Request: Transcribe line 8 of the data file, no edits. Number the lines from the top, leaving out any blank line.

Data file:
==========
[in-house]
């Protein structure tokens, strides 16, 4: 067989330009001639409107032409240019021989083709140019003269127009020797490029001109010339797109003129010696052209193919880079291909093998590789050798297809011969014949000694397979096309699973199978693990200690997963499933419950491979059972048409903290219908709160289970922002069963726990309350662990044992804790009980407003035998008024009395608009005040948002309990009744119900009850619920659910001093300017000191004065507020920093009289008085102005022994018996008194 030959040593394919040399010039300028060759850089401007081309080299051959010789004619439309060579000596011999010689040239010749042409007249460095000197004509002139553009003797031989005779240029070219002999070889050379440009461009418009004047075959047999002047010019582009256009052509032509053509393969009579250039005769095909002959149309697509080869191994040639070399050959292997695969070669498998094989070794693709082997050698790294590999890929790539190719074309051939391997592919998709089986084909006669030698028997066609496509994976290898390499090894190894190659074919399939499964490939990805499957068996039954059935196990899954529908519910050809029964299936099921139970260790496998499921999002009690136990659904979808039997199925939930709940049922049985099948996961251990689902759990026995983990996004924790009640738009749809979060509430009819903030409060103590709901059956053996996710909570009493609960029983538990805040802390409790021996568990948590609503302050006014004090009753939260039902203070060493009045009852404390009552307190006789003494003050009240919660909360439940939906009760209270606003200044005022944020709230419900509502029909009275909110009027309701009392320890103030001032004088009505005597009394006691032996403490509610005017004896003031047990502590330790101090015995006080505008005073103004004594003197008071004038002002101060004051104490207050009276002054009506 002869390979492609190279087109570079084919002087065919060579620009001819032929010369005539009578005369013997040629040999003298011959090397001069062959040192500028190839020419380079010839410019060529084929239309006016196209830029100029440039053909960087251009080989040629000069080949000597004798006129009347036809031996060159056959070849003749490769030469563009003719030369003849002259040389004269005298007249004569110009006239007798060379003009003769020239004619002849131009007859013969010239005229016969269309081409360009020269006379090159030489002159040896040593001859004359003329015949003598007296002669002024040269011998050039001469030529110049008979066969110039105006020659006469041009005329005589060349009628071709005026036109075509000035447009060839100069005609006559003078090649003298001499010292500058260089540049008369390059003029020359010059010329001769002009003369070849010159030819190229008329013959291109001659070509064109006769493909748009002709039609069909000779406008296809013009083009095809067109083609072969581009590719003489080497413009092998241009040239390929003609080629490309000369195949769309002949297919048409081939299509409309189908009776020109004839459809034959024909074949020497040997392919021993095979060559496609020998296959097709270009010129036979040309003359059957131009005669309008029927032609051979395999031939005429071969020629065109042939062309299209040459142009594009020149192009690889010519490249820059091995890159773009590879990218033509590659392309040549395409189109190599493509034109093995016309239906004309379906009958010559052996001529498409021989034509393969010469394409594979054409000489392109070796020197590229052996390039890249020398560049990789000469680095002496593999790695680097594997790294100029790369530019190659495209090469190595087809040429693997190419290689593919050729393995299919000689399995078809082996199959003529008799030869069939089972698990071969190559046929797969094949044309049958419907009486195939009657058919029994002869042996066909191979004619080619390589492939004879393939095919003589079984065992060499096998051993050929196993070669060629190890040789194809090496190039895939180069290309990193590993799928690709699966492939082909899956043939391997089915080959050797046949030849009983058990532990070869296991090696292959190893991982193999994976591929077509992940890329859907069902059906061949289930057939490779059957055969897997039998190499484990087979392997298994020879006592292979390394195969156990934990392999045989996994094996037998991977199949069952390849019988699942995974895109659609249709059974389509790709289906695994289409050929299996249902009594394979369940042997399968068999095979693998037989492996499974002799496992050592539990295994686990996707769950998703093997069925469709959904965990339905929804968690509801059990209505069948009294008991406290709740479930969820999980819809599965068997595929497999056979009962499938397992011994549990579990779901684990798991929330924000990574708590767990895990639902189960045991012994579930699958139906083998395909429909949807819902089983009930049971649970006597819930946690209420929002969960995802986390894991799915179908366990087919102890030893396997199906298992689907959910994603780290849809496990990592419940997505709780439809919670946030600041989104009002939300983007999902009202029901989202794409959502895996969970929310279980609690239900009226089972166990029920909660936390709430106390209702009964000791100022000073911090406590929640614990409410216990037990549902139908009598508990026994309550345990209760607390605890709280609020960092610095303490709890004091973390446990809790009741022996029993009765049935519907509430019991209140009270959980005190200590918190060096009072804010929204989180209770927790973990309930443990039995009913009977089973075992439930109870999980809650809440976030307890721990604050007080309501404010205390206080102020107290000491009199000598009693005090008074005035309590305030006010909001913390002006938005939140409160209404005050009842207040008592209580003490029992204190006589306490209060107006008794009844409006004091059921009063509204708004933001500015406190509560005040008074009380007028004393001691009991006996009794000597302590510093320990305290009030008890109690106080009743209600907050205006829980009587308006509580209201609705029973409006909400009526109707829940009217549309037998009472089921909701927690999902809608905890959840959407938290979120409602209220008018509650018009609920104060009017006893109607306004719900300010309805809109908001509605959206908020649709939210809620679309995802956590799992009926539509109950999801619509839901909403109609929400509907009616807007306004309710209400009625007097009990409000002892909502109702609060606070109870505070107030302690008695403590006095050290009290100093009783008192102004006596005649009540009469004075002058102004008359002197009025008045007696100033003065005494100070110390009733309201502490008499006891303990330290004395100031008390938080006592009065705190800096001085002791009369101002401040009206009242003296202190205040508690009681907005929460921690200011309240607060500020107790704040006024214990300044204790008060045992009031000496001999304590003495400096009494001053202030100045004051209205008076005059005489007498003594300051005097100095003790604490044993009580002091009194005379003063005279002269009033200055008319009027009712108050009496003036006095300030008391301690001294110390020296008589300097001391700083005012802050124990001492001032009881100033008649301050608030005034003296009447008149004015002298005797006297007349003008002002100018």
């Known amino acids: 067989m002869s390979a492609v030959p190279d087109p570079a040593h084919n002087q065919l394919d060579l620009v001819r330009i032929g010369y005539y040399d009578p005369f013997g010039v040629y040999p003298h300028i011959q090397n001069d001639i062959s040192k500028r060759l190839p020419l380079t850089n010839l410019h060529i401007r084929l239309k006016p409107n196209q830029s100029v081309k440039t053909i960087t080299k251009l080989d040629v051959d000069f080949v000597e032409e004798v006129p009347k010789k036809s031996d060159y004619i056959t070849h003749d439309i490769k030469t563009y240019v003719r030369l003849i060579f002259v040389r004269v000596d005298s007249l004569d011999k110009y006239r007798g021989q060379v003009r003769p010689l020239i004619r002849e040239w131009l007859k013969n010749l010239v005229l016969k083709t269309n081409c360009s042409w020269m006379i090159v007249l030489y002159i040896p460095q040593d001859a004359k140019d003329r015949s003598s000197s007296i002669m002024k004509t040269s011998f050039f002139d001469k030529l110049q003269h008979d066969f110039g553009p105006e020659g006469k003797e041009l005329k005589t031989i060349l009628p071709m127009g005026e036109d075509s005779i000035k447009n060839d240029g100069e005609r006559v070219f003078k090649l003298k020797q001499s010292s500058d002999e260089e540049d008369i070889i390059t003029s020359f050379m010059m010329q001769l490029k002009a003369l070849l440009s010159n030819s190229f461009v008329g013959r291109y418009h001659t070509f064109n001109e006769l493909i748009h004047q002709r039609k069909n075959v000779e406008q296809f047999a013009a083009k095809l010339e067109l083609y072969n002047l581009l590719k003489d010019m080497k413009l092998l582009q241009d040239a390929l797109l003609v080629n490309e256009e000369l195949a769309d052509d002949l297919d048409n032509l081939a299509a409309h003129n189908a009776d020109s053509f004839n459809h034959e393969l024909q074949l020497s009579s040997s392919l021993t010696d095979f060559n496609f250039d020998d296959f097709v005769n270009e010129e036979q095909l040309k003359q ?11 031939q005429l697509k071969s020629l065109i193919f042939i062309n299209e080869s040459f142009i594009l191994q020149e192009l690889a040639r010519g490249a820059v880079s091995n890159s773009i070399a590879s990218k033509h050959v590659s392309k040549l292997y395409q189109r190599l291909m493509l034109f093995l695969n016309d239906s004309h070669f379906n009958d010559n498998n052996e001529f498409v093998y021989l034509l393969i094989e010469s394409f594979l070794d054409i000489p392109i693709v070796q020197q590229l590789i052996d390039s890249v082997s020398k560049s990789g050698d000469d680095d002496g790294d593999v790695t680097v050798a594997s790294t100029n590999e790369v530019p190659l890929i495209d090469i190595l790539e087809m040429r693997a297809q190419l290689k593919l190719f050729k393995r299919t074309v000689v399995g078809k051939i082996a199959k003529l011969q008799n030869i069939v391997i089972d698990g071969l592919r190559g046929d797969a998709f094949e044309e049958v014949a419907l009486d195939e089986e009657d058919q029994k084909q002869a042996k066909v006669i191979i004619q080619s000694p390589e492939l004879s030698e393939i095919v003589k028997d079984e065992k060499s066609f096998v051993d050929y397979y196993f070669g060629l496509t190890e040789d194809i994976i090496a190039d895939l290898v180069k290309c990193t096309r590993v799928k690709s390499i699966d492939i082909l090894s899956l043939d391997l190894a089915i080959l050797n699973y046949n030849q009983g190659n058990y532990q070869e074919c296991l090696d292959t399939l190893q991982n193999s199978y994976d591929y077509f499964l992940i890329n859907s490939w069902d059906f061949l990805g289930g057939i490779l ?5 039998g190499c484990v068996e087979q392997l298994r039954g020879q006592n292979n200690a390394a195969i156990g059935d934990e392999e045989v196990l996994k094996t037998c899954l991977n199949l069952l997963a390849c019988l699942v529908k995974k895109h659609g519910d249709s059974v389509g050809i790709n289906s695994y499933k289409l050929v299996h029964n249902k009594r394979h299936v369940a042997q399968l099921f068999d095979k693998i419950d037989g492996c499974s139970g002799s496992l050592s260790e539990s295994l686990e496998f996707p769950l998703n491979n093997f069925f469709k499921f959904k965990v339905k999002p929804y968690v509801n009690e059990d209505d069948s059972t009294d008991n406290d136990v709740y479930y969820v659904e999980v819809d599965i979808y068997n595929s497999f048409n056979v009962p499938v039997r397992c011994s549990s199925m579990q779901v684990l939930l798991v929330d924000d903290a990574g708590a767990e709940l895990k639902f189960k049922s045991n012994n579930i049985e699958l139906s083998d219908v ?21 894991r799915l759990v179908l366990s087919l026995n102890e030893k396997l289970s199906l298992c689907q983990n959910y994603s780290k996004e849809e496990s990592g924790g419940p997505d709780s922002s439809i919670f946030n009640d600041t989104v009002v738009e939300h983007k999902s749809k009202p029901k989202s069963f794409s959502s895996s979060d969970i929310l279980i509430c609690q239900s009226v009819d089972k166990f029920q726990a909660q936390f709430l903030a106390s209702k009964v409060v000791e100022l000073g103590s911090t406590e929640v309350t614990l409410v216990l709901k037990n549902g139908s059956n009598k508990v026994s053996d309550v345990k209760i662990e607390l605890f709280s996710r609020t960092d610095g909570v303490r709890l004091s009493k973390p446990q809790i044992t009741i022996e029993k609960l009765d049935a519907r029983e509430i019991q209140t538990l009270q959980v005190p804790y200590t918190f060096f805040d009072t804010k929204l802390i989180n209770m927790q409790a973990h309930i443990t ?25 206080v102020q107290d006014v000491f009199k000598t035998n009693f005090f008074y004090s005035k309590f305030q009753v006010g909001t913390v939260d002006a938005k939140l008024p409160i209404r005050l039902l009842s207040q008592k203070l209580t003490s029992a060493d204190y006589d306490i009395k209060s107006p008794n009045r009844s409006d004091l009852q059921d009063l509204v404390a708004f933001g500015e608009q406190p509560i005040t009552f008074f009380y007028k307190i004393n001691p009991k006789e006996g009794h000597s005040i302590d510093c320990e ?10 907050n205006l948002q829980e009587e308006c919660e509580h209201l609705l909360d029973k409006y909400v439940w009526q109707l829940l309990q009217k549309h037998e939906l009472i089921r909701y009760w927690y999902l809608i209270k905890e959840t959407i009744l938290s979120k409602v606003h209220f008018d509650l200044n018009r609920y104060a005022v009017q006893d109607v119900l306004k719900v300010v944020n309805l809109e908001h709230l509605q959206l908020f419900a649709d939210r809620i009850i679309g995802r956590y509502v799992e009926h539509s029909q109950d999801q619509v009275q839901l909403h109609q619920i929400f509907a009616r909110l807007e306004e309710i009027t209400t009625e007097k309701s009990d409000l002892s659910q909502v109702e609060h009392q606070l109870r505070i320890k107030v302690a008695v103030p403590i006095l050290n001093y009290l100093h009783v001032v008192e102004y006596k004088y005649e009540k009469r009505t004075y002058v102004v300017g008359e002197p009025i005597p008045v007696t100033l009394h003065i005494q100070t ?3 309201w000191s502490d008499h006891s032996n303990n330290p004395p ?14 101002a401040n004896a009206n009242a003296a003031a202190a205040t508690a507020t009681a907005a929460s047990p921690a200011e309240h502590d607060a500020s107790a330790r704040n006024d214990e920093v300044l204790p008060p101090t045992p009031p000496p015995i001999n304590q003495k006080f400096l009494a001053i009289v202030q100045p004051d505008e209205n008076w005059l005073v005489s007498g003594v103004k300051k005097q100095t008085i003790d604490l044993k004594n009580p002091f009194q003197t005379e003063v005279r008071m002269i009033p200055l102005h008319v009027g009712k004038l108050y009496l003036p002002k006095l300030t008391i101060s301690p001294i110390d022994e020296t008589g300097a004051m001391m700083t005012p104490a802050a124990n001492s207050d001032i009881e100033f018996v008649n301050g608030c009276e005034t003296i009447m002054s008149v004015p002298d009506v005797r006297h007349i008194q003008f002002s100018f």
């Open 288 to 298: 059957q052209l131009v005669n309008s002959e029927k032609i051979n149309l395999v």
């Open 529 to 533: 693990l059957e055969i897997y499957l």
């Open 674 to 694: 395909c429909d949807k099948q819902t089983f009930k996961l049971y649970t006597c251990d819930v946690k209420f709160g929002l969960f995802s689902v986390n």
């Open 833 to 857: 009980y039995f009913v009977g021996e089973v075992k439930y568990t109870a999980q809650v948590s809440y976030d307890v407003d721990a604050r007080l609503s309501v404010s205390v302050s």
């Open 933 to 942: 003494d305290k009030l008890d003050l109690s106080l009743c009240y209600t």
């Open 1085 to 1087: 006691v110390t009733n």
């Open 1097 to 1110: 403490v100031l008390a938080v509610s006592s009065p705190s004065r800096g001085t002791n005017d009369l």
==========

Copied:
């Open 933 to 942: 003494d305290k009030l008890d003050l109690s106080l009743c009240y209600t």